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Iran bomb plot strains relationship with U.S.

World Events

Iran bomb plot strains relationship with U.S.

Jorge Hernandez October 12, 2011

Adding more strain to the countries already tenuous relationship, reports have surfaced about a plan by Iran to assassinate Saudi Arabia's ambassador to the United States. The findings lead to new calls from the U.S. for sanctions against the Islamic republic as it tries to further isolate itself from the international community, The Associated Press reports.

Vice President Joe Biden recently spoke about the impact that the assassination plans will have on the two countries' relationship going forward, but stopped short of saying that the United States would take any steps beyond sanctions. Secretary of State Hillary Rodham Clinton also discussed the implications of the plot.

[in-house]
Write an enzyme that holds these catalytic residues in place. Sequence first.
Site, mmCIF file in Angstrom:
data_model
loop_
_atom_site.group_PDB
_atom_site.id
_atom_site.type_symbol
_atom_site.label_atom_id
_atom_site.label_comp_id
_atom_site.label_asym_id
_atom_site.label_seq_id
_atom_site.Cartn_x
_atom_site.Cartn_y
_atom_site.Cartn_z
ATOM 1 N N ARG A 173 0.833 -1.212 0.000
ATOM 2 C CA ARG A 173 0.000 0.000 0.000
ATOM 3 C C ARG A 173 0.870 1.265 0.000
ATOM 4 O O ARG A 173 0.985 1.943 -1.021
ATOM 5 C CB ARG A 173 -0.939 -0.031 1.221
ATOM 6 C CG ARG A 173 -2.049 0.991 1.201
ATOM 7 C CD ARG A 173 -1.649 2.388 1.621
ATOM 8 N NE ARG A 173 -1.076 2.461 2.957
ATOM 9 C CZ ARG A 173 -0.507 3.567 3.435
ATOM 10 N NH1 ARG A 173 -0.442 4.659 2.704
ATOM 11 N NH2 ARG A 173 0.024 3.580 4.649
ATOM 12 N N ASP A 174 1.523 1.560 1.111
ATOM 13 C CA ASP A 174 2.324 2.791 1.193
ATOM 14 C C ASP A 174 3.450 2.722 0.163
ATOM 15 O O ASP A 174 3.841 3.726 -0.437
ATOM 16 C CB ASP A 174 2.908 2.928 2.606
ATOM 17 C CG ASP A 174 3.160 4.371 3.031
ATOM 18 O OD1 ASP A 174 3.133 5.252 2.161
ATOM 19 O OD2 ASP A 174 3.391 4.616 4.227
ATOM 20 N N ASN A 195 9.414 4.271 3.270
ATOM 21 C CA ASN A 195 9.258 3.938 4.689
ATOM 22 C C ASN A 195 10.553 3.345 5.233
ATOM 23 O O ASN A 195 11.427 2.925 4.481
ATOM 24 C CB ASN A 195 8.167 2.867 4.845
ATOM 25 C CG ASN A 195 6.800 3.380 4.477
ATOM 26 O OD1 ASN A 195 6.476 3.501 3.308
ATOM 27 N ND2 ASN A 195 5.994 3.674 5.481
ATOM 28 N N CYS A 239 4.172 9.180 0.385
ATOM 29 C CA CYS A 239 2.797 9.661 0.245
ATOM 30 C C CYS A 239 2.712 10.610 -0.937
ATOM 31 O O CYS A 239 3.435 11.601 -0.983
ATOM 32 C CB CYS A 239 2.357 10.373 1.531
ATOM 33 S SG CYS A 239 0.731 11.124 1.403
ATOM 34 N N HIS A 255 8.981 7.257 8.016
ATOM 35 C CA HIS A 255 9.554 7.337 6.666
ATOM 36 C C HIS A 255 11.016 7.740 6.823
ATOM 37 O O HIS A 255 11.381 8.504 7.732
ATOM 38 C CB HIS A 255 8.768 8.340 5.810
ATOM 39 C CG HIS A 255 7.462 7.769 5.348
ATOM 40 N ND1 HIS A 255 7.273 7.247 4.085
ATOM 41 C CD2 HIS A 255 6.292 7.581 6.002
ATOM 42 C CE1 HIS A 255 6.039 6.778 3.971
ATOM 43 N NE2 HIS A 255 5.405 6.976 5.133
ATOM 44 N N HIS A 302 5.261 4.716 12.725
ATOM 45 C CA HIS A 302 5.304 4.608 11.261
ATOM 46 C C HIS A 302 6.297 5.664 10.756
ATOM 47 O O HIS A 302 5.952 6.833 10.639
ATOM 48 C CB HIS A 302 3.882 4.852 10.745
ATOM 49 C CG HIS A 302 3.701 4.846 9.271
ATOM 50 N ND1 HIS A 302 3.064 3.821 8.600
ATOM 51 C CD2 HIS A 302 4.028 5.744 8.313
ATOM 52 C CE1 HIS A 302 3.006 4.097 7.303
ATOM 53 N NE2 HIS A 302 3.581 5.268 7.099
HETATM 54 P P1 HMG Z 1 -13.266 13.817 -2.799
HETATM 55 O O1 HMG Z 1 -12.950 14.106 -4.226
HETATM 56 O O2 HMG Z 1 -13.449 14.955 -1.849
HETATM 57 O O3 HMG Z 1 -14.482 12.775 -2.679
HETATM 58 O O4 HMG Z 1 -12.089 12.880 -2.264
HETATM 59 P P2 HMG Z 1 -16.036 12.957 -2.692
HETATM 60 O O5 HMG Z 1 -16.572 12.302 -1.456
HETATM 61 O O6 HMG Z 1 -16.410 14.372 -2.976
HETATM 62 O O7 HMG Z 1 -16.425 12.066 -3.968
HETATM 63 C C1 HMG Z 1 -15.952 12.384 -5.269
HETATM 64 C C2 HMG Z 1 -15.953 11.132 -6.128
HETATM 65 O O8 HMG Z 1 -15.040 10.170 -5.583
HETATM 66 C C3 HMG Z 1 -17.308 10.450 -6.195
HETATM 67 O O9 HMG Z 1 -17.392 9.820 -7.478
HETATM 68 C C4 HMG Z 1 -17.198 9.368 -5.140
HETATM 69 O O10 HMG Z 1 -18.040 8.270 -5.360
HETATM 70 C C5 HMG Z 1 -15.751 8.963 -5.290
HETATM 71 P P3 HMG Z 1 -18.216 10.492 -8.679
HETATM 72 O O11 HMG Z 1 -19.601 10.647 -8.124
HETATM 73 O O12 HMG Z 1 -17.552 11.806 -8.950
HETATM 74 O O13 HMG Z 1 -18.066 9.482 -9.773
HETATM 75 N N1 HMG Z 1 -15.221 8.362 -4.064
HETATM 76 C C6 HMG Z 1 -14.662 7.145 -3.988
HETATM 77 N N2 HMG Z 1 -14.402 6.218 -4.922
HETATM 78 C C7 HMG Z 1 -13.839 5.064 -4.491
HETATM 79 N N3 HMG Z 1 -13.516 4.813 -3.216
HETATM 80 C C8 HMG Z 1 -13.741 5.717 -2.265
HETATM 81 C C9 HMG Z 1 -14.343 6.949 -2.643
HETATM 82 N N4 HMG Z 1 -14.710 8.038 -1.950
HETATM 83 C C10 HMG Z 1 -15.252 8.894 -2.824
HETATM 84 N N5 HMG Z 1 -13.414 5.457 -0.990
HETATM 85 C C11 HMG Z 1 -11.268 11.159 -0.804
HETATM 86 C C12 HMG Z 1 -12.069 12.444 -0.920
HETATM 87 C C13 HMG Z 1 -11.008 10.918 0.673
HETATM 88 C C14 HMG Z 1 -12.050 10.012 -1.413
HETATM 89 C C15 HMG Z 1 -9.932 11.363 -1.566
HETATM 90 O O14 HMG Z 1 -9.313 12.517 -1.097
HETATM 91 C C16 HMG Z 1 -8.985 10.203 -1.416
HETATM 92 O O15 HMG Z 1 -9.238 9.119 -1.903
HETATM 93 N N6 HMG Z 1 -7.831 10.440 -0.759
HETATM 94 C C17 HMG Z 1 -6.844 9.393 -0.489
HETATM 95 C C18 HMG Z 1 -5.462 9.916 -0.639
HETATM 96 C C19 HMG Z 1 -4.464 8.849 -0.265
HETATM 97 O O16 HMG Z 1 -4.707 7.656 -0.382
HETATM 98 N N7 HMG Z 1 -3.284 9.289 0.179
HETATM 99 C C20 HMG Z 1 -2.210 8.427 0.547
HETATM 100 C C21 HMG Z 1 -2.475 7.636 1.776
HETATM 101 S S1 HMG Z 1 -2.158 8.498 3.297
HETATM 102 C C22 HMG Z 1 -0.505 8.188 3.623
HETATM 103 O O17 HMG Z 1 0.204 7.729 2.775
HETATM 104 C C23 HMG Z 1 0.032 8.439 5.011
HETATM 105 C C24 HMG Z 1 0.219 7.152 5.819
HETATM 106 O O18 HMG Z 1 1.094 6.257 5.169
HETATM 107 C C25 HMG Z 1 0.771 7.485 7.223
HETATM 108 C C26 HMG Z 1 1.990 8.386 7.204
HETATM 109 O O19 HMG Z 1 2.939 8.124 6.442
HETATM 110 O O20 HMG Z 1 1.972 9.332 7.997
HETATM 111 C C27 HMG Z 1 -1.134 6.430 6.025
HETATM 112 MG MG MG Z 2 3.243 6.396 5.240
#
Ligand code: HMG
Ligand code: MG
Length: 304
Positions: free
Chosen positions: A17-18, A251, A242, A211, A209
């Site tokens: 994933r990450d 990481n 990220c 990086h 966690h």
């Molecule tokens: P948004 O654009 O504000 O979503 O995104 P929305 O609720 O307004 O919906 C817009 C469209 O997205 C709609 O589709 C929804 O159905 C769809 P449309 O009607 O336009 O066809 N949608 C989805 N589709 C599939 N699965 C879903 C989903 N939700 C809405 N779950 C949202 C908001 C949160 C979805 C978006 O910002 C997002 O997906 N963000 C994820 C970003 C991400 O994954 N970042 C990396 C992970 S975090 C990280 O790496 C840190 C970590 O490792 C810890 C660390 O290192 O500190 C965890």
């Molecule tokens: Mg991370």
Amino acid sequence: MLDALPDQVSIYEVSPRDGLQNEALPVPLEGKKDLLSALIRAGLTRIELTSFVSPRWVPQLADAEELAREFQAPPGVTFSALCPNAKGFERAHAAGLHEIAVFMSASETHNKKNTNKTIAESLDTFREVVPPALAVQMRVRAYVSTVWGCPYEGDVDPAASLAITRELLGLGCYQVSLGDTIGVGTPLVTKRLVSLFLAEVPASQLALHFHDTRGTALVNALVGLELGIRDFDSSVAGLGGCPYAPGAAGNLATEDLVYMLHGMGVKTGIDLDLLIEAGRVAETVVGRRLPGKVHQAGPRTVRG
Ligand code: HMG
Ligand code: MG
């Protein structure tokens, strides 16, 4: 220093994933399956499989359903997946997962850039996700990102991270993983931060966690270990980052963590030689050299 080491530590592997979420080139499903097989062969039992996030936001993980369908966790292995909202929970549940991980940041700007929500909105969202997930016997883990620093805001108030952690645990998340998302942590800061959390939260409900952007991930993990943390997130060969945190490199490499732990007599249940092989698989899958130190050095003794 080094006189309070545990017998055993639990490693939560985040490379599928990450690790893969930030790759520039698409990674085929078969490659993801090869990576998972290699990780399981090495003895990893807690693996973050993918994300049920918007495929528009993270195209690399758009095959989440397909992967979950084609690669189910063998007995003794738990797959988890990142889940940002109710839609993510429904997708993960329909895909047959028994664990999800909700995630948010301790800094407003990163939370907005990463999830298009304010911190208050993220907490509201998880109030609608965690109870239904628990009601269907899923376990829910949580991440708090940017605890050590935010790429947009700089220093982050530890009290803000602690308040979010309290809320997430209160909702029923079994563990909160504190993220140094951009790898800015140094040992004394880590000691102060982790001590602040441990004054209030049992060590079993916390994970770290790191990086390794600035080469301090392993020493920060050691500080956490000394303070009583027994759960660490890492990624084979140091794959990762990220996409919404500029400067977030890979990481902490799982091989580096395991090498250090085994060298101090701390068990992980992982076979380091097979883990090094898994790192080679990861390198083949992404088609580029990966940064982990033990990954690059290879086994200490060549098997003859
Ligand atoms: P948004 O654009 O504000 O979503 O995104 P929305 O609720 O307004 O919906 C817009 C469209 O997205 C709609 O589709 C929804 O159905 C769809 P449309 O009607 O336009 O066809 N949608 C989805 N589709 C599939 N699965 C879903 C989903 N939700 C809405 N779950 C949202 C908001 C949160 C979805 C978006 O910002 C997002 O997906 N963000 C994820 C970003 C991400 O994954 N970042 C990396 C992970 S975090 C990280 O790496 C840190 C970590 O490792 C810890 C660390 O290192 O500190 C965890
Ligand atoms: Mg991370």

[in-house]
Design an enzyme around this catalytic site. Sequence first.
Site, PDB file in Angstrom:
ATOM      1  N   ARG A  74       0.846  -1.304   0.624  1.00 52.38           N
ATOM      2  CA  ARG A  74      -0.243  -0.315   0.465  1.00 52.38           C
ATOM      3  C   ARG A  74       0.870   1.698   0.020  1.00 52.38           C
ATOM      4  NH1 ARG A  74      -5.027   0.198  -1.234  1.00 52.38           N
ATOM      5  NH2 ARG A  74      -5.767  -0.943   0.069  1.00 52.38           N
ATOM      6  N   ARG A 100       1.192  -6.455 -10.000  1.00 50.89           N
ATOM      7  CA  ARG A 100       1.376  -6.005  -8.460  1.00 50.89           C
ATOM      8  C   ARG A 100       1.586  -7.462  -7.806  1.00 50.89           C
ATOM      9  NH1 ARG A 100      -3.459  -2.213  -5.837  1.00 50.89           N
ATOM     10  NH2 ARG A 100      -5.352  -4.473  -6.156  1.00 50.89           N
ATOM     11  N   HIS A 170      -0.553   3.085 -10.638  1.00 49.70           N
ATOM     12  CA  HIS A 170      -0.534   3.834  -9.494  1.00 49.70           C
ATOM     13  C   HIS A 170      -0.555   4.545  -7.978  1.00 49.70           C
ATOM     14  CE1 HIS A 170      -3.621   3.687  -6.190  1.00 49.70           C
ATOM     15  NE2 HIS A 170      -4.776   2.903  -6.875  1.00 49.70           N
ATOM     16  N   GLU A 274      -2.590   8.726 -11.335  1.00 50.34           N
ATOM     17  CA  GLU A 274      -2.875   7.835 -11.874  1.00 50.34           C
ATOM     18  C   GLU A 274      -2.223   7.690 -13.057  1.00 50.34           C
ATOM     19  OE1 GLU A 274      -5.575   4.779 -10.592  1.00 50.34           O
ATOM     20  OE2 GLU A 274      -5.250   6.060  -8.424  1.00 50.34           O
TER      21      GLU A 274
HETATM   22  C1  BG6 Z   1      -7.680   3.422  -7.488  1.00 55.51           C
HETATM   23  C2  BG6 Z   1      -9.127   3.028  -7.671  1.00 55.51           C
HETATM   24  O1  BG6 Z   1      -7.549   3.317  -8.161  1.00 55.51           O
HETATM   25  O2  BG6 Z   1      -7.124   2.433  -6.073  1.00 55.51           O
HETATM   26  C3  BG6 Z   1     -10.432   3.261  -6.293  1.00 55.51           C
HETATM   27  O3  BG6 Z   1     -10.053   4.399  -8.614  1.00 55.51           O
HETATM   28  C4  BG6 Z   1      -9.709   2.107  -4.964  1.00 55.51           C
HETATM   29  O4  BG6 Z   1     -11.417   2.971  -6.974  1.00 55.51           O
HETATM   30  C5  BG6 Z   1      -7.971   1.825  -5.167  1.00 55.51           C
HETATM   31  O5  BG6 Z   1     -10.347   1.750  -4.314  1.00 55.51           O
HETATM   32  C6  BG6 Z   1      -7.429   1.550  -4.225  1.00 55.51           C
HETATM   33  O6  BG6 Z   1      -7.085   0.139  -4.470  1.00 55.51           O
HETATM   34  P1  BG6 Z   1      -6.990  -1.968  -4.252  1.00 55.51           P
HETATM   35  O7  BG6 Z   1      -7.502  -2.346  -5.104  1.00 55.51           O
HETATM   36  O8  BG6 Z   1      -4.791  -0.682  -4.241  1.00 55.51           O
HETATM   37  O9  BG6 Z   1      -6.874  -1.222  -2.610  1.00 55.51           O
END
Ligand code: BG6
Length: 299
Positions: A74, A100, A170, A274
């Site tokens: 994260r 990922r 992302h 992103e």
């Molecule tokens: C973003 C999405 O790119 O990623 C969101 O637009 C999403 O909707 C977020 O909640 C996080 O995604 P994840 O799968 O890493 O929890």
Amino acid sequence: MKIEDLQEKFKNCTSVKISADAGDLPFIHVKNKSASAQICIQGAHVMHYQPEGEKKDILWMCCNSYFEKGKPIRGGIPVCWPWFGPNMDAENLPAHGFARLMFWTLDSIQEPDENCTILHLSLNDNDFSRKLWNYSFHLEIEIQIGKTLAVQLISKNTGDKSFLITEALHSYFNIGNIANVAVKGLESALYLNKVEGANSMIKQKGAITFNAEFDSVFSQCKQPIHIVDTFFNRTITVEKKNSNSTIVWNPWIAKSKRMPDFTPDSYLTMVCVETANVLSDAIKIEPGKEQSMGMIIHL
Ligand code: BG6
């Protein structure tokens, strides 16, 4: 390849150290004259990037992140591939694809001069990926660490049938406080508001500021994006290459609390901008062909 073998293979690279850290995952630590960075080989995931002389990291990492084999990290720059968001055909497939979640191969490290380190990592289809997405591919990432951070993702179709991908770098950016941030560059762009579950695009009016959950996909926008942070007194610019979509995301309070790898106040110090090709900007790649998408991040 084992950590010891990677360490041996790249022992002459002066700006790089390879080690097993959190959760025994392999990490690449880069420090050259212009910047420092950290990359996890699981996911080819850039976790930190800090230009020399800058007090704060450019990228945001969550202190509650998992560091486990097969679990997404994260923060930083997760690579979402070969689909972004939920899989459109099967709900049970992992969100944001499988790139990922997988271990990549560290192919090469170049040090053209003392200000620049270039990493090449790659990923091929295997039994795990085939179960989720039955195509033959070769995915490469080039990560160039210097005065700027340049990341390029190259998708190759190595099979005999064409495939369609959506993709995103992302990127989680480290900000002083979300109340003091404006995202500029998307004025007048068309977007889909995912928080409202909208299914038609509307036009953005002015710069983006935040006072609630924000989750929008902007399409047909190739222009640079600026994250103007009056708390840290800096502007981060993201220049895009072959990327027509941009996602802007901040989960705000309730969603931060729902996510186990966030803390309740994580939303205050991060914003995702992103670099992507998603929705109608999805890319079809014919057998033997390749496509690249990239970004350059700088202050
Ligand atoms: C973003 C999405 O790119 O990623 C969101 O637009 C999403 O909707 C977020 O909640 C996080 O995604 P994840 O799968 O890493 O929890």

"This really, in the minds of many diplomats and government officials, crosses a line that Iran needs to be held to account for," she told the AP, adding that it is imperative for the Obama administration to enlist the support of more countries as they deal with Iran.

The assassination plot was revealed after two men were arrested, one of whom belonged to Iran's special operations unit. They believe that their plan was to bomb the Saudi ambassador and that they were working through a Mexican drug cartel. Despite the plans, no bombs were ever placed near the Saudi embassy in Washington.

"These individuals had no regard for their intended victim, no regard for innocent citizens who might have been hurt or killed in this attempted assassination," FBI director Robert Mueller told reporters, according to CBS News.

In response to the allegations, Iran has been steadfast in its denial. Alizreza Miryusefi, the press attache for the country said that the accusations have been baseless and later criticized it as a "childish game."